The big news in Switzerland is that an informant, crook or thief – whatever you like to call him depends from your standpoint – has offered the German authorities data from 1,500 German customers of Swiss Banks that have allegedly dodged taxes. Last year, another informant stole data on 3,000 French bank clients from the HSBC branch in Switzerland and sold it to the French authorities. And in 2008, Germany already purchased data on German customers of the Liechtenstein Bank LGT. The LGT case cost the German government several million Euro but they received a far higher pay-back on its investment form all the taxes and fines that the busted tax evaders had to pay.
The newspaper industry is suffering these days. Besides the economic crisis that leads to less advertising spending the traditional business model is under attack by the Internet. The large papers have reacted with large Internet activities that attract a lot of traffic. But the revenues of the online ventures are not sufficient to compensate for the decline in print. So what shall they do?
I had the pleasure recently to be invited back to my university, the University of St. Gallen, to give a speech on business model innovation in the media industry. Prof. Martin Eppler was so kind to sponsor the discussion. I used 8 theses to present my thoughts. Below you find the slides of my presentation.
Thinking in business models helps you in change projects, particularly in the unlearning of unwanted tacit assumptions and knowledge of the past. Forgetting what made you successful in the past is the key challenge in any change project, learning new things actually the easy part.
I am currently involved in a large change project. The company involved was living in a cozy environment. Demand was stable, predictable; project cycles were measured in years to decades and due to high entry barriers the firm was sure to “win” all business from its customers. Quality was so defined that the products lasted for eternity, most of the time longer than they had to last. Due to the heavy duty nature of its customers’ business everything was engineered to customers standards and very little of the components were bought off the shelf. Cost was not a major issue as long it was in budget.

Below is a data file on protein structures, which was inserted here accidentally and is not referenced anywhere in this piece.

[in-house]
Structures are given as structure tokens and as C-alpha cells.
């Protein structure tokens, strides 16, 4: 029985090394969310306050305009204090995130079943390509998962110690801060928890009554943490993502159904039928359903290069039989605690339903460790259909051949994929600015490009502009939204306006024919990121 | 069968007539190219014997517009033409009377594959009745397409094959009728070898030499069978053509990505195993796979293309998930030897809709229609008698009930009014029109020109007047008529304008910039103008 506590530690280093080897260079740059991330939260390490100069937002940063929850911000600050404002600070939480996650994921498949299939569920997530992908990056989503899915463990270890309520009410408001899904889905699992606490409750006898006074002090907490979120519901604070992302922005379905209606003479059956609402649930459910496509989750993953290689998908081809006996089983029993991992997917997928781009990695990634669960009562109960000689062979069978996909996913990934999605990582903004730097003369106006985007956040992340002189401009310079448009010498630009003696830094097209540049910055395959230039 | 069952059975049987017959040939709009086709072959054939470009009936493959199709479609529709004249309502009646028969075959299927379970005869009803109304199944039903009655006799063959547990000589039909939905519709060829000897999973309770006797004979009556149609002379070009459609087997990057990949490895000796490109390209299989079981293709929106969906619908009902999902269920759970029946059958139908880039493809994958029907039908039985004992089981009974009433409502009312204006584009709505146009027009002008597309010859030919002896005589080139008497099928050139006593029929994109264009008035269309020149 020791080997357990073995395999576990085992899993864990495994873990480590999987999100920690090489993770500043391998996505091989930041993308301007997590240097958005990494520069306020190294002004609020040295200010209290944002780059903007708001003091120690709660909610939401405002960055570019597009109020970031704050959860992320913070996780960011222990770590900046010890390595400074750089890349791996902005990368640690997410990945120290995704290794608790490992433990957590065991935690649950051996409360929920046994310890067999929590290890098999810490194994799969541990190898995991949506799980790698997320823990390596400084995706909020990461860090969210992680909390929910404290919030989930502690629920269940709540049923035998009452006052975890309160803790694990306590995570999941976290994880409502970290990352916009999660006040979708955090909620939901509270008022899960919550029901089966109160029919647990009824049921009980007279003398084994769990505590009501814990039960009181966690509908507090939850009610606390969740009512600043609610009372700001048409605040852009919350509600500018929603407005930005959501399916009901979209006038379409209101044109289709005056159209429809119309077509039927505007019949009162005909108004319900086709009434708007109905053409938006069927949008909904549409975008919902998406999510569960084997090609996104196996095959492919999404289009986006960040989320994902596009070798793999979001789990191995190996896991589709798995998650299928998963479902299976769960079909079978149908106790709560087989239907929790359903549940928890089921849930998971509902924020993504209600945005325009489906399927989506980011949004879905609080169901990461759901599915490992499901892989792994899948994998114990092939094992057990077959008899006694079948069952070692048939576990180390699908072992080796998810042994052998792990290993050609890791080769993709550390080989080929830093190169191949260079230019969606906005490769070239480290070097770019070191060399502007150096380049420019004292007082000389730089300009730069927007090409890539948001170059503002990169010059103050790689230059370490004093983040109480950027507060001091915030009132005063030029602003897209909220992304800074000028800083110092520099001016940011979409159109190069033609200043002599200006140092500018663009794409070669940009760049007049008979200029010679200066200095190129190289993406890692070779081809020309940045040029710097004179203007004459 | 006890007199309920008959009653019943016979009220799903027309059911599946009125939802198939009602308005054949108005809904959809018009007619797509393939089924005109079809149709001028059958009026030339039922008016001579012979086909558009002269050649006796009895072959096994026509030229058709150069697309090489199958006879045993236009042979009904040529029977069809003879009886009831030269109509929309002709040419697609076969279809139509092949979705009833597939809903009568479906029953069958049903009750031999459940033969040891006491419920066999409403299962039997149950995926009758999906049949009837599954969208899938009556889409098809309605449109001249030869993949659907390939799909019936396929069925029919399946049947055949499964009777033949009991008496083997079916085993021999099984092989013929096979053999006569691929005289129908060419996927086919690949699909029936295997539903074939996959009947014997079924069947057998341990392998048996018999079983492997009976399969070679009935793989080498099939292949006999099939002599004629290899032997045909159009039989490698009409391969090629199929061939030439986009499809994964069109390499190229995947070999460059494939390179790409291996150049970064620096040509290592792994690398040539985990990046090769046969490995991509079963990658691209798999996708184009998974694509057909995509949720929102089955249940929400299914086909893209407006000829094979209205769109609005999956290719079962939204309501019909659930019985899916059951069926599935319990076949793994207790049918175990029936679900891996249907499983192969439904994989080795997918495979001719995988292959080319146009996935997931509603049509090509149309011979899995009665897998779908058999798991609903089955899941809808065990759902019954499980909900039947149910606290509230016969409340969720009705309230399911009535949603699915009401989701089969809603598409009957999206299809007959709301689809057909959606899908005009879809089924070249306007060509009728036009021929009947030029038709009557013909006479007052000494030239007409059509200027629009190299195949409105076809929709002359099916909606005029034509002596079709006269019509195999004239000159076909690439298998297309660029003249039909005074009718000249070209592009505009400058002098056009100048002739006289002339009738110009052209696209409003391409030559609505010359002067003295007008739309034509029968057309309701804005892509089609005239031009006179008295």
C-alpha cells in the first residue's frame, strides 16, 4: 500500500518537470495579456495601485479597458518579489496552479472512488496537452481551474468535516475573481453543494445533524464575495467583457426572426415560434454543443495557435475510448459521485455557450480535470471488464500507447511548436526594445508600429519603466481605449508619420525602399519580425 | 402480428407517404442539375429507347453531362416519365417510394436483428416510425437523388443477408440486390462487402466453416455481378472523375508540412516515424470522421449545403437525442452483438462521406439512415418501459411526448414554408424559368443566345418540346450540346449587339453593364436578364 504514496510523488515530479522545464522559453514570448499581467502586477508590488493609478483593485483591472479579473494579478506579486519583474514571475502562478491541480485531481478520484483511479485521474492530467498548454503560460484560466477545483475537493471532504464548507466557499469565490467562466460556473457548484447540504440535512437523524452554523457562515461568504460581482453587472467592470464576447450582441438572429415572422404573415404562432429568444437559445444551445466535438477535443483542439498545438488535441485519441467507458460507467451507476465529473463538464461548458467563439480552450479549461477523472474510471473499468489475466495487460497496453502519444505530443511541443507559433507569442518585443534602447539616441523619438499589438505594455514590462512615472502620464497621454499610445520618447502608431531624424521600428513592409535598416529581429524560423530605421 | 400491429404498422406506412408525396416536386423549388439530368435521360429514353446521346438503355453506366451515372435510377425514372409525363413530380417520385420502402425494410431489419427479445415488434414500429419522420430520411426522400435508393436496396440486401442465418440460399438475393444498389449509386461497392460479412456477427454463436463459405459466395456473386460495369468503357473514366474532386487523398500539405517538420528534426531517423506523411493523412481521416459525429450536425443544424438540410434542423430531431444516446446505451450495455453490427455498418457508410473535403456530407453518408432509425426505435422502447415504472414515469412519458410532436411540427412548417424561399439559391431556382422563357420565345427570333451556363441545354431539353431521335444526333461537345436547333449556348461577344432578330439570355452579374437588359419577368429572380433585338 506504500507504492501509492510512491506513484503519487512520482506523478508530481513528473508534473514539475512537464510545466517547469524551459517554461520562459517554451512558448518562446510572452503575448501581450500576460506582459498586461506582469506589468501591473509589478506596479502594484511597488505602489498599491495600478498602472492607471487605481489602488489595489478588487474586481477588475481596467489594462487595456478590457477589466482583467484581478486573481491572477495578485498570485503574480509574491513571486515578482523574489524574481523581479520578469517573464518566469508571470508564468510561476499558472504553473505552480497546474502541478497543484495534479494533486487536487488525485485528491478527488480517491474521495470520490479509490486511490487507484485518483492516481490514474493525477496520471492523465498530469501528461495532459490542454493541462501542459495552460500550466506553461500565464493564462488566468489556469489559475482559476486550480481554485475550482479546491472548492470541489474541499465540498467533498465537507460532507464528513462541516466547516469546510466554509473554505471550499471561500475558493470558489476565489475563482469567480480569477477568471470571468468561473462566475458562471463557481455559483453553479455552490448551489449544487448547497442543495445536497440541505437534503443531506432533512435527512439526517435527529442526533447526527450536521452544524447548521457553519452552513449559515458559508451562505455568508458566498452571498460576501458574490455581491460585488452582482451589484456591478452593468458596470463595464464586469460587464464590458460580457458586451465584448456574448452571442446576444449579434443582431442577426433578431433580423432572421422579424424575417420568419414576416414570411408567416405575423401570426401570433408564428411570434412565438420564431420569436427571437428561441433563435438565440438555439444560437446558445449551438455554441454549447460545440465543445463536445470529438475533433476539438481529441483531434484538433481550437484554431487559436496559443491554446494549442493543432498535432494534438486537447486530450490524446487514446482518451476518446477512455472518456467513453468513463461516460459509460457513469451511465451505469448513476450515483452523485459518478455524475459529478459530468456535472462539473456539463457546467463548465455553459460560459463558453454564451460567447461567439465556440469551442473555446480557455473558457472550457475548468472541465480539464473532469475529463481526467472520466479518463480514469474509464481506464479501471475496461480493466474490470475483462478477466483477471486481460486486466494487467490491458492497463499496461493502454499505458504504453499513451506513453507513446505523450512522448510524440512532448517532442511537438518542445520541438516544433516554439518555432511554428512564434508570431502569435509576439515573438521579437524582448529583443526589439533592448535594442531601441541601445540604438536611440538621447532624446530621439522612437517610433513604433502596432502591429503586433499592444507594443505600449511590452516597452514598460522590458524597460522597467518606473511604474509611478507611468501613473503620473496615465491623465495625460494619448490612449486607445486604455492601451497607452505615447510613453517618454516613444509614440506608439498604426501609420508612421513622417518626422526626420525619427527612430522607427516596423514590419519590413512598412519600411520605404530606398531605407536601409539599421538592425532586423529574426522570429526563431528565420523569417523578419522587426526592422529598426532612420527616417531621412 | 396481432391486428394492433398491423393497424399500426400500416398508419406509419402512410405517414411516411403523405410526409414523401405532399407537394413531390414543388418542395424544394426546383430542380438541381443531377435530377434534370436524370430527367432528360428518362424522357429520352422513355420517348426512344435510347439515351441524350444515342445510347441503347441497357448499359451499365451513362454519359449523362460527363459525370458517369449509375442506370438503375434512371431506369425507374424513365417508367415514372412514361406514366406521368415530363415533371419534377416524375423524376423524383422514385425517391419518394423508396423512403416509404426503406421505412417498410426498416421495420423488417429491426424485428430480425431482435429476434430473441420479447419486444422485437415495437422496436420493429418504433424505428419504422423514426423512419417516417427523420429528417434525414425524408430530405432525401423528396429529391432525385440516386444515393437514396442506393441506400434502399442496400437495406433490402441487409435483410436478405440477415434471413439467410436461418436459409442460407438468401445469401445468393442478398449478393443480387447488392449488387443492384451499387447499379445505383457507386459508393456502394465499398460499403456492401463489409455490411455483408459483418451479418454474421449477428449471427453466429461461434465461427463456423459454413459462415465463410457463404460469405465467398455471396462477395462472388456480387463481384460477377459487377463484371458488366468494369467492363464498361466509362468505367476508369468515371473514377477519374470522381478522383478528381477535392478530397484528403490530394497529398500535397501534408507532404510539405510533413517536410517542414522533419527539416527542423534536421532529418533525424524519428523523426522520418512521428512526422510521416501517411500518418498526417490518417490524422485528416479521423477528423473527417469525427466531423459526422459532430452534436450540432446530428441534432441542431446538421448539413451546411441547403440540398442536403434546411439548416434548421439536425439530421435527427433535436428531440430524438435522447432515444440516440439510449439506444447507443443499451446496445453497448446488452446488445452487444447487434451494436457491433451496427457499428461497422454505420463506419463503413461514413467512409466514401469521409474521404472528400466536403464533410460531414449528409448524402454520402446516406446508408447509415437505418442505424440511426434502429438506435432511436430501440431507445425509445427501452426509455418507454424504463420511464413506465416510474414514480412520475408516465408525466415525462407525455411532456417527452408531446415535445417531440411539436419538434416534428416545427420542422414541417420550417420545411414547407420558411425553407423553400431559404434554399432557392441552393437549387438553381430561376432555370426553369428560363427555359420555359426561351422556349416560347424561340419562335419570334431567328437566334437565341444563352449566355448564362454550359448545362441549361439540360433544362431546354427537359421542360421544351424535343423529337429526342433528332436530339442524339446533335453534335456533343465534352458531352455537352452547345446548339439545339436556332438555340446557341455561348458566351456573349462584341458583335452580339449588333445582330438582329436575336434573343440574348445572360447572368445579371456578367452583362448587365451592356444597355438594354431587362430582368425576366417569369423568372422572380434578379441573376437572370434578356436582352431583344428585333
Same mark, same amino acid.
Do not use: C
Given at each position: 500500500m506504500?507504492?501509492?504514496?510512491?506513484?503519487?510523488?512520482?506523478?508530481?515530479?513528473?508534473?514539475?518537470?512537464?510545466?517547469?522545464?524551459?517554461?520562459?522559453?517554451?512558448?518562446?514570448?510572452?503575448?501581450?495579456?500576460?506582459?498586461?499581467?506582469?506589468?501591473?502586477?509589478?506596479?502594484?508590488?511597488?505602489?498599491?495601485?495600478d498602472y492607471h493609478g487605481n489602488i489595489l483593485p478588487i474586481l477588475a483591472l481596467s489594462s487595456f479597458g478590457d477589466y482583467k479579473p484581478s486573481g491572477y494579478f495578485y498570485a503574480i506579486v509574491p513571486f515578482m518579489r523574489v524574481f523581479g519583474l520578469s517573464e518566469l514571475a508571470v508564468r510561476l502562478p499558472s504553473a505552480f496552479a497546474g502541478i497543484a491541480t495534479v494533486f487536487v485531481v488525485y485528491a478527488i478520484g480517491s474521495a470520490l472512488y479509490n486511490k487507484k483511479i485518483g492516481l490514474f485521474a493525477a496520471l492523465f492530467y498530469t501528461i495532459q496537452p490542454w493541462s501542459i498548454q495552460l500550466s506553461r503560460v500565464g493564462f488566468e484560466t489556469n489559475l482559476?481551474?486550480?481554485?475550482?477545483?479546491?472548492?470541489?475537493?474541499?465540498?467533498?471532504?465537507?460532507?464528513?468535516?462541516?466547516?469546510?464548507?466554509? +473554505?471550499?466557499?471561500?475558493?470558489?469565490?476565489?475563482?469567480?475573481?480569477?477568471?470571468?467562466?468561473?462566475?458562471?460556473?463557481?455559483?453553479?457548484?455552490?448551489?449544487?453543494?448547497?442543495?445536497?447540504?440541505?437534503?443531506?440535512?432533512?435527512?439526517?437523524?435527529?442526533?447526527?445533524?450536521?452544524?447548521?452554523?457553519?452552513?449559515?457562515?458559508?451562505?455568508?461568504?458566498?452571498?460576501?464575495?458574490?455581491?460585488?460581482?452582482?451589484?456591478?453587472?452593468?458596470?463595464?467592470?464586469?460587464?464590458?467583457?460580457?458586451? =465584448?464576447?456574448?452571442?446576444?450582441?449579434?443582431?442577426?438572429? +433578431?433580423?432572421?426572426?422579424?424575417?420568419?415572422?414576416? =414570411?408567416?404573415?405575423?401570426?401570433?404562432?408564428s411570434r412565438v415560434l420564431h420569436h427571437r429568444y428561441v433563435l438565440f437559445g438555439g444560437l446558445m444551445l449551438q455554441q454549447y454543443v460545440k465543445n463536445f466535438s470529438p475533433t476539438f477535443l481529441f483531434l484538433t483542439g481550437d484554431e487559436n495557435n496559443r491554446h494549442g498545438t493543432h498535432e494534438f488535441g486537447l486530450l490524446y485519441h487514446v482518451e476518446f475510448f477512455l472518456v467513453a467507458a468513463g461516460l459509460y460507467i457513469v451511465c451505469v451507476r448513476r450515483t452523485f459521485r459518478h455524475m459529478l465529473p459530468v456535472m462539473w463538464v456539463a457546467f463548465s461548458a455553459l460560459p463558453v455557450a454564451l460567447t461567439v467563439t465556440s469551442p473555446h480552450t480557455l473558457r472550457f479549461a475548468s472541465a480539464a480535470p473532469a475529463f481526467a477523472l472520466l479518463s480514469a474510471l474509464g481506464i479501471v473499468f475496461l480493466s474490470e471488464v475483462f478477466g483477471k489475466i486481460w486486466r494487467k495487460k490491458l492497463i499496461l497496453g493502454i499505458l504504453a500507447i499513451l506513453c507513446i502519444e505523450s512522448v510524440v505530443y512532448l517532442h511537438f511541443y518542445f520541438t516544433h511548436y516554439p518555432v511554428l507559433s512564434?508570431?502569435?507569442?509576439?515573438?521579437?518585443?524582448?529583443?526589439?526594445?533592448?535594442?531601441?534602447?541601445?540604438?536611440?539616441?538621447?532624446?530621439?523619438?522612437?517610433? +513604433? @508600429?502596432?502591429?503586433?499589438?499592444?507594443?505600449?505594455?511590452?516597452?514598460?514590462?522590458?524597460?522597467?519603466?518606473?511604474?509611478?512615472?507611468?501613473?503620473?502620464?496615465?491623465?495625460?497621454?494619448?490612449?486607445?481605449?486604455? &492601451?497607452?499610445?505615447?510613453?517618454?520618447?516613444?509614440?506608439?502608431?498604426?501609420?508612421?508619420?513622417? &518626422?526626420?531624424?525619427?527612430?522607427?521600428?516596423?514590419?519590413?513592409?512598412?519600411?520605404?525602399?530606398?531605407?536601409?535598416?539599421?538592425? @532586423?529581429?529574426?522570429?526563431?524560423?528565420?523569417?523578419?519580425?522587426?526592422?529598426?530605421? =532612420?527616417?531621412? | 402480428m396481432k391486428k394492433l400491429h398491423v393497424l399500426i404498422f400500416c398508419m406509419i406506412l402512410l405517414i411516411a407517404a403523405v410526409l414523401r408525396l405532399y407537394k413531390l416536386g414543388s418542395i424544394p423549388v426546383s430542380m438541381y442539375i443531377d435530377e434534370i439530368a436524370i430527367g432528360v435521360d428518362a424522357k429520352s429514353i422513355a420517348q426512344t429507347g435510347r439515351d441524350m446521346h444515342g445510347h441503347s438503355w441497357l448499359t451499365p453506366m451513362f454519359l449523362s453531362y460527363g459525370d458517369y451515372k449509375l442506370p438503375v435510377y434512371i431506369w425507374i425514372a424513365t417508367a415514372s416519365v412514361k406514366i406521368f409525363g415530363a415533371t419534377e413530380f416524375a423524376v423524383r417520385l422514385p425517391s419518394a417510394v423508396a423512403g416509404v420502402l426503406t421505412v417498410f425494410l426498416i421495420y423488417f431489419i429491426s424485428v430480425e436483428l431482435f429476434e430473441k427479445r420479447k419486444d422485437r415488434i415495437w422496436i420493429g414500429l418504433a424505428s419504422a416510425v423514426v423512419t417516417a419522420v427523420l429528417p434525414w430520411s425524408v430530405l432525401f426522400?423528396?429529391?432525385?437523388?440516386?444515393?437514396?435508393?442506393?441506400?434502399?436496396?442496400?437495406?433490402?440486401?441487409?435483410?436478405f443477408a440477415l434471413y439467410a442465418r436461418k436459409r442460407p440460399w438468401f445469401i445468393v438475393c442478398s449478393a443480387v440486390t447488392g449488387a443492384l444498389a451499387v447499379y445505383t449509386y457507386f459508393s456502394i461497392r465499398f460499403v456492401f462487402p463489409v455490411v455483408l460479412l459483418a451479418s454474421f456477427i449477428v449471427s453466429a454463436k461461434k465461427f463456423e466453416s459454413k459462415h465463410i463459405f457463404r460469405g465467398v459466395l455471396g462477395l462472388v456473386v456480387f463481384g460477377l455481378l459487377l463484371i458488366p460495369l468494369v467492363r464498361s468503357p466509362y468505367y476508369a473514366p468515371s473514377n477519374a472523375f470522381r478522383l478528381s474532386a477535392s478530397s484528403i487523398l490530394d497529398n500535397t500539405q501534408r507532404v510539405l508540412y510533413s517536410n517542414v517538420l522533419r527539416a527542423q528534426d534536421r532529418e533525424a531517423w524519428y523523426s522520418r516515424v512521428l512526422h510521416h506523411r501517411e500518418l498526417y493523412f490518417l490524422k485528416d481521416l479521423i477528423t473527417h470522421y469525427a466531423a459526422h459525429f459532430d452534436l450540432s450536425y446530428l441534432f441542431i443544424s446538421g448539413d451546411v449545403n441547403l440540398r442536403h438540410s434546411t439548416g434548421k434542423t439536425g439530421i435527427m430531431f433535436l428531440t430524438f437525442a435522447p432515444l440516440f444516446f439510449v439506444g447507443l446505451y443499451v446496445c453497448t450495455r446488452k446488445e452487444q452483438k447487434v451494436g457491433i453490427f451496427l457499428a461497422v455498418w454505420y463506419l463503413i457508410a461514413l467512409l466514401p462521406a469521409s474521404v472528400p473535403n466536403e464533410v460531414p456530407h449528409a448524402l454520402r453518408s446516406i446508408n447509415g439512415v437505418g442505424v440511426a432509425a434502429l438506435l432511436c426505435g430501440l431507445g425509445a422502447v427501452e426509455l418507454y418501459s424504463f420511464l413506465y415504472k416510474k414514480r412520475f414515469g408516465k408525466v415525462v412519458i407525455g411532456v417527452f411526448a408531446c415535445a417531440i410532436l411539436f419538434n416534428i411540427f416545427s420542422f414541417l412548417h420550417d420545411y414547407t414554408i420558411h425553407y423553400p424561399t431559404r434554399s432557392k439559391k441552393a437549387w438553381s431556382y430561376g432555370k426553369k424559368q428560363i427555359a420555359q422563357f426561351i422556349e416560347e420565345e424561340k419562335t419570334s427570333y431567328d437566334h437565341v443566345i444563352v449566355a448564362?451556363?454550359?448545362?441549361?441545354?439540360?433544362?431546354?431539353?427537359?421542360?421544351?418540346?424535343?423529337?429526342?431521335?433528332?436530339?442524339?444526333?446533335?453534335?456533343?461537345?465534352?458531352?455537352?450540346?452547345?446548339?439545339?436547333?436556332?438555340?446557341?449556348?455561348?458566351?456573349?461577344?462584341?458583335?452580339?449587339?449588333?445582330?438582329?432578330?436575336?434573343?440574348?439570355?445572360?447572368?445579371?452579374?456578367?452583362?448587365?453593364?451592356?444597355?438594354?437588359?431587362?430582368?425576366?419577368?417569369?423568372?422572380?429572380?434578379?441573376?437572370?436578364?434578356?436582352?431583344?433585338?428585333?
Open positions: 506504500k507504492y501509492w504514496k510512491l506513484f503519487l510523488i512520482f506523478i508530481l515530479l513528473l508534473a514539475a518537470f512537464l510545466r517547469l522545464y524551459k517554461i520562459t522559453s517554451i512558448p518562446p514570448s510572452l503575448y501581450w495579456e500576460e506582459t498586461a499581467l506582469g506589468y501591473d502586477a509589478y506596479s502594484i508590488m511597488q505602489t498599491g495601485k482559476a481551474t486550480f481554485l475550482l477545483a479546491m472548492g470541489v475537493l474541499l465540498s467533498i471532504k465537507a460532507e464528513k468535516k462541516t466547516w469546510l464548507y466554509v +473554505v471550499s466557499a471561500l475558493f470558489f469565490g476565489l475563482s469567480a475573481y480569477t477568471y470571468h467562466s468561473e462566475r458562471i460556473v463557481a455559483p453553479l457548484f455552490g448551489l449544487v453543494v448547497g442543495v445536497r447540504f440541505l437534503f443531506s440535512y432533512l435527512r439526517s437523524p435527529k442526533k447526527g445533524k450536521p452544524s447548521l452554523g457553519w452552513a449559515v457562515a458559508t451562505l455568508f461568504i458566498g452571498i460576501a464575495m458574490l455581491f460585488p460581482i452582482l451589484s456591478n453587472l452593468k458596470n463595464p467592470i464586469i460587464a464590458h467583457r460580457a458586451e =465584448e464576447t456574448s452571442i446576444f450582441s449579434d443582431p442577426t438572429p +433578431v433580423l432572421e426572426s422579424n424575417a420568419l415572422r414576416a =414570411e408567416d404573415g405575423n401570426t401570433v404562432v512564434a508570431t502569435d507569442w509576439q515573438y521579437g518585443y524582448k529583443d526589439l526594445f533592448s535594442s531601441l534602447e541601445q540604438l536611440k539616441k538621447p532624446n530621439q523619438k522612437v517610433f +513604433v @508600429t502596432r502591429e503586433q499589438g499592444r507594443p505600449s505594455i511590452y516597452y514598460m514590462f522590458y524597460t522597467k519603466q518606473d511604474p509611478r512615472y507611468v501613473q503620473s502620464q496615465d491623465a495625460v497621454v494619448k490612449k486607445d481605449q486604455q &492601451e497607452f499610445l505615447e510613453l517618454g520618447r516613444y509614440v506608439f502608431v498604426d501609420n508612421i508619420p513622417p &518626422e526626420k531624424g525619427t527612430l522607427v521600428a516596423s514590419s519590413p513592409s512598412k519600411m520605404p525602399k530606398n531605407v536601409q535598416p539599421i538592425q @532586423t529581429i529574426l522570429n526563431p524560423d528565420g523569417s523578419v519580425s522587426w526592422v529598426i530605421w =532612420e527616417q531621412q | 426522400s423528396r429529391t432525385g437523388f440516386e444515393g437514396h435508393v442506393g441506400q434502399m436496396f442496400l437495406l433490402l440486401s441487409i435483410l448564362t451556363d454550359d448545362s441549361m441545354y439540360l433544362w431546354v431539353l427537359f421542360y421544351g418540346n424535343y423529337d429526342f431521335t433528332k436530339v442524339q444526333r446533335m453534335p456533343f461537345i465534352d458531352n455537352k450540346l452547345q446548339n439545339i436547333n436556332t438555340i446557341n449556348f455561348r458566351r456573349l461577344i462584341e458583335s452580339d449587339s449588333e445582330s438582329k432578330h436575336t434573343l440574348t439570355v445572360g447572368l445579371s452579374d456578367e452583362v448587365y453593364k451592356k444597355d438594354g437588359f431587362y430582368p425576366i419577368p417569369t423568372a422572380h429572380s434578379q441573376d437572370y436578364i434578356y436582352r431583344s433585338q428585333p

And now the world has changed. Their customers had to change due to pressure from their clients. So the world of my firm will never be the same but since the change is coming slowly, there is time to adapt. The question is now: How can the firm change? How can it forget the habits that made it successful in the past but impede the future?
The German retail and travel conglomerate Arcandor AG formerly known as KarstadtQuelle AG filed on June 9th 2009 for insolvency. It claims that the financial crisis is the reason. It had asked the German government in May for state aid but the government refused. But is the financial crisis the real reason for the dire situation? I do not think so. The business models of its retail activities (Karstadt and Quelle) are just dead. The management did not innovate on its business model and that is the reason for failure.
Most writers and bloggers take the music industry as a prime example for an industry that failed to innovate its core business model. But there are many other industries where failure to innovate its core business lead to their decline. A sad prime example of missed innovation is Karstadt, a large department store chain in Germany and Quelle, a German mail order powerhouse.